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Rights of assignee to payments made to bankrupts.- Payments made by creditors to a bankrupt after the filing of the petition in bankruptcy are invalid as against the assignee (In re J. P. Hayden, 7 N. B. R. 192; Fed. Cas. 6257; Babbitt v. Burgess, 7 N. B. R. 561; 4 Dill. 169; 5 Chi. Leg. News, 326; Fed. Cas. 693), even though without knowledge of the appointment of the assignee. (Duffield et al., Ass.. v. Horton et al, 16 N. B. R. 59.) An injunction order and proof of its service are competent evidence to show that a debtor making payment to a bankrupt after adjudication had notice of the demand of the assignee. (Babbitt v. Burgess, 7 N. B. R. 561; 2 Dill. 169; 5 Chi. Leg. News, 326; Fed. Cas. 693.) A payment to a bankrupt after the filing of the petition for adjudication will not discharge the debtor's liability to an after-appointed assignee. Until the appointment of an assignee or the dismissal of the petition, the right of action against the debtor is suspended. (Booth v. Meyer et al., 14 N. B. R. 575.) Where an attachment is issued within four months preceding the commencement of bankruptcy proceedings and is served upon the debtor of the bankrupt, and, pending the bankruptcy proceedings, a general judgment is recovered in the action and an execution issues, and the debtor pays the sheriff the amount of his indebtedness, such payment is voluntary and does not discharge his obligation to the bankrupt or to the assignee. (Duffield, Ass., v. Horton et al., 19 N. B.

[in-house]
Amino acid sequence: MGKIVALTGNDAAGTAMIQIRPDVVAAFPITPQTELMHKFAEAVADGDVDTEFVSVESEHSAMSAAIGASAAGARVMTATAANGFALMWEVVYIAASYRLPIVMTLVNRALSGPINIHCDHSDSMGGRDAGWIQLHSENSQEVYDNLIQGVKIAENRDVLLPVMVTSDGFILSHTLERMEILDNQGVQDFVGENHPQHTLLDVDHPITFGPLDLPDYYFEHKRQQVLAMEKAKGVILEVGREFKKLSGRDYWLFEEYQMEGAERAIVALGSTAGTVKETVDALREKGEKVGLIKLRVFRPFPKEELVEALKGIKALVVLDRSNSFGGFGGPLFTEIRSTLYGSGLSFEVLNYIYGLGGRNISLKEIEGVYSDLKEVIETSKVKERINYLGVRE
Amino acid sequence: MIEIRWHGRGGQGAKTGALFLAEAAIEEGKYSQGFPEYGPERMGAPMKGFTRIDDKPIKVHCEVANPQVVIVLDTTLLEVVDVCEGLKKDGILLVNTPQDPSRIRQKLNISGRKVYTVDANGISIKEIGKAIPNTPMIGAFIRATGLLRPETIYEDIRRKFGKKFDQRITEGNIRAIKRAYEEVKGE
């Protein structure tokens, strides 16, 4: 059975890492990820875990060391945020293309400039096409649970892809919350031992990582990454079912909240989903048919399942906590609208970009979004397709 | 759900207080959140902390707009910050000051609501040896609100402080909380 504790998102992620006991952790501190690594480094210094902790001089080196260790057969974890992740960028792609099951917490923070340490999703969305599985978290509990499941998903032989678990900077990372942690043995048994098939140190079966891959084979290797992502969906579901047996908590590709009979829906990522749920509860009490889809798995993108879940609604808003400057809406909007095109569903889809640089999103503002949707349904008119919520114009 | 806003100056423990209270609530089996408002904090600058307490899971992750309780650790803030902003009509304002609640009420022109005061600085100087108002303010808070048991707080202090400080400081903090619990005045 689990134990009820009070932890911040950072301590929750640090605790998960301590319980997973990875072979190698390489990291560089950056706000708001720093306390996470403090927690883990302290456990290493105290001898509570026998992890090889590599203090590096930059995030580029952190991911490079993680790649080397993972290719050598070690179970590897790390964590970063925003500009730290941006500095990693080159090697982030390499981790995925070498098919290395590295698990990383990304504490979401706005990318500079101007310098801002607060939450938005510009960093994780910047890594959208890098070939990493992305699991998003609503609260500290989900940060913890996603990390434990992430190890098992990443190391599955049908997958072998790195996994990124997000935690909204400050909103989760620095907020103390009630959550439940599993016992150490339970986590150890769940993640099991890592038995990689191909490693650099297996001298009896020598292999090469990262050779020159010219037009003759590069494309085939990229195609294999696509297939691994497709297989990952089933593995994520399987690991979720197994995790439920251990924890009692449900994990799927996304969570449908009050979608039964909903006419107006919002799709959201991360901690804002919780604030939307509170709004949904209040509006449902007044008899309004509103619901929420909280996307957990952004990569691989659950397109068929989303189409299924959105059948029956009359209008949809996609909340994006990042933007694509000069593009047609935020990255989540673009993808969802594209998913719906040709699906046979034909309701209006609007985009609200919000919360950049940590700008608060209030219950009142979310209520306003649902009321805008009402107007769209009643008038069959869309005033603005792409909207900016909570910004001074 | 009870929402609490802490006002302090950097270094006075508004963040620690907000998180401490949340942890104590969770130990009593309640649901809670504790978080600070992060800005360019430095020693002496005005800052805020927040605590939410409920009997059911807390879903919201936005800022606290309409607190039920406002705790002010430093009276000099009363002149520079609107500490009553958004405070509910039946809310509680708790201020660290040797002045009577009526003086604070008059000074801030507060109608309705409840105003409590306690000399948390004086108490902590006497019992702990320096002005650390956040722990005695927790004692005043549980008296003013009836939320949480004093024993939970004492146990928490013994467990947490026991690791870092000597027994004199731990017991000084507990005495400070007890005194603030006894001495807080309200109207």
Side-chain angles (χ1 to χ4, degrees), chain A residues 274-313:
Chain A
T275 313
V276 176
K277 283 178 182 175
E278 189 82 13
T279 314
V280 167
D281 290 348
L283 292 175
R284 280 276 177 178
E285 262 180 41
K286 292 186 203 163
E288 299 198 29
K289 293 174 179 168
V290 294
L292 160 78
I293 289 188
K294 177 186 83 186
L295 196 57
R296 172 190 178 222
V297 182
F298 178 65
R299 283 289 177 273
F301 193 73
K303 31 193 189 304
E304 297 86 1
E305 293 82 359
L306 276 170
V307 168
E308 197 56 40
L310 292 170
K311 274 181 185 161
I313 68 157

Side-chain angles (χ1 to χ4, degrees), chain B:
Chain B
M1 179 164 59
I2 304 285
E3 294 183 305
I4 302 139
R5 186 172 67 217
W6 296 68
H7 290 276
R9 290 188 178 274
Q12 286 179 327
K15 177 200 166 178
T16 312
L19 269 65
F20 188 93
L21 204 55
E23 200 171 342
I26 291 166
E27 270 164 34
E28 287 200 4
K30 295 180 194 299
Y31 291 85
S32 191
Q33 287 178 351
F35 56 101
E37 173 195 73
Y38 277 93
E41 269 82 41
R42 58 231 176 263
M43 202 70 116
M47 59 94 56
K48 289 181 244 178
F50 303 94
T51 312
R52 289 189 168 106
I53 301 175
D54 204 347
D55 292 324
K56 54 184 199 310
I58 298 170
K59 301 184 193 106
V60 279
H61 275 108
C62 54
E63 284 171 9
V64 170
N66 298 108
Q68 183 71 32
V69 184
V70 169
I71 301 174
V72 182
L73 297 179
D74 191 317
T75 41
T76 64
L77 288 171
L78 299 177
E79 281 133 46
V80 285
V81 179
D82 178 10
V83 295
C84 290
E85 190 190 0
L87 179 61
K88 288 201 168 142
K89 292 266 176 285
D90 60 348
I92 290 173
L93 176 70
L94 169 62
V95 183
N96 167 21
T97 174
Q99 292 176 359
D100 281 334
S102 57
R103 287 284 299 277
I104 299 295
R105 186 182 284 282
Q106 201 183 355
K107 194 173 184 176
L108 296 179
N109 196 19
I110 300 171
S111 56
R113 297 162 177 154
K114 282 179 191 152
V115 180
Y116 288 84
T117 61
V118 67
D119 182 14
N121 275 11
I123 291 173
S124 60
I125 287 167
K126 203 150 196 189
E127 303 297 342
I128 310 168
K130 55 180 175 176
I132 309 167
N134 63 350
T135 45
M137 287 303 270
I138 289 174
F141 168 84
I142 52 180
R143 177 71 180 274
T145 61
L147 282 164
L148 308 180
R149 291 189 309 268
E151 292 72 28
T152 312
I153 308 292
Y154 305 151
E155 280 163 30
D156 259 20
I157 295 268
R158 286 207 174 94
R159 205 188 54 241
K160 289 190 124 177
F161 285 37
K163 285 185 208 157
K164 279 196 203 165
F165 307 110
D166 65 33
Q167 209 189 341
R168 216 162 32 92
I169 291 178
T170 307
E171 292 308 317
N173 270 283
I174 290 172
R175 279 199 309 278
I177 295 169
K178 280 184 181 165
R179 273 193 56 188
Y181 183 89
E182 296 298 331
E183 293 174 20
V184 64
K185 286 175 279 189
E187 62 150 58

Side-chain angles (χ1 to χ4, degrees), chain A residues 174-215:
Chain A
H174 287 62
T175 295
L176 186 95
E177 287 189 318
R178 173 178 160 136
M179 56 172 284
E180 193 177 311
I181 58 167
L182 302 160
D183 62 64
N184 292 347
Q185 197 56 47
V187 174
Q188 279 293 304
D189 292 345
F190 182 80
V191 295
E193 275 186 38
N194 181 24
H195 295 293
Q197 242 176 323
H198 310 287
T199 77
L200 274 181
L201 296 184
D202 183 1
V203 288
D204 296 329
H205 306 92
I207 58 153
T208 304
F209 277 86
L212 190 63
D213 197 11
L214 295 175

R. 13.)

Claims against property in hands of assignee.— A bankrupt court has no authority to deprive the assignee of the possession of the bankrupt's property without due process of law, unless the parties consent to a trial by the court. (Wood Mowing & Reaping Machine Co. v. Brooke, 9 N. B. R. 395; 2 Sawy. 576; Fed. Cas. 17980.) Where a claim to property in the hands of the assignee is set up, and the assignee denies the validity of the claim and asserts title to be in himself, as property of the bankrupt, the claimant cannot proceel by a summary petition. (Hurst v. Teft, Ass., 13 N. B. R. 108; 12 Blatchf. 217; Fed. Cas. 6939.) In taking possession of the bankrupt's estate, the assignee takes the place of a sheriff or marshal, and if the property would not be recoverable from them it is not from him. (Aiken v. Edrington et al., 15 N. B. R. 271; Fed. Cas. 111.) The equities of creditors of a bankrupt, to whom property was fraudulently transferred before bankruptcy, and of creditors of the transferrer, are equal, and the assignee of the bankrupt cannot be required to surrender the property. (Aiken v. Edrington, 15 N. B. R. 271; Fed. Cas. 111.) The defense of usury can be pleaded by the assignee in bankruptcy so long as any part of the debt for which the usury was or was agreed to be paid remains unpaid. (In re Prescott, 9 N. B. R. 385; 5 Biss. 523; 6 Chi. Leg. News, 151; Fed. Cas. 11389.) A sale of goods with a verbal agreement that the vendor is to remain in possession and carry on the business under his own name until such time as the vendee should please to take possession is fraudulent and void as to creditors, and

such vendee is not entitled to the goods as against the vendor's assignee. (In re Morrill, 8 N. B. R. 117; 2 Sawy. 356; Fed. Cas. 9821.) Where a debtor, shortly before filing his petition in bankruptcy, purchases a quantity of carpets, and the vendor brings replevin, the sheriff takes possession, the bankrupt bonds them back, they come into the hands of the assignee, and the parties apply to the register, asking that the goods be held by the assignee to await the determination of ownership, since the title is in dispute, application must be made to the court by petition, but otherwise the register may dispose of the matter. (In re Graves, 1 N. B. R. 19; 2 Ben. 100; Fed. Cas. 5709.) A state cannot tax the funds in the hands of an assignee. (In re Booth, 14 N. B. R. 232; 8 Chi. Leg. News, 307; 1 Cin. Law Bul. 131; Fed. Cas. 1645.)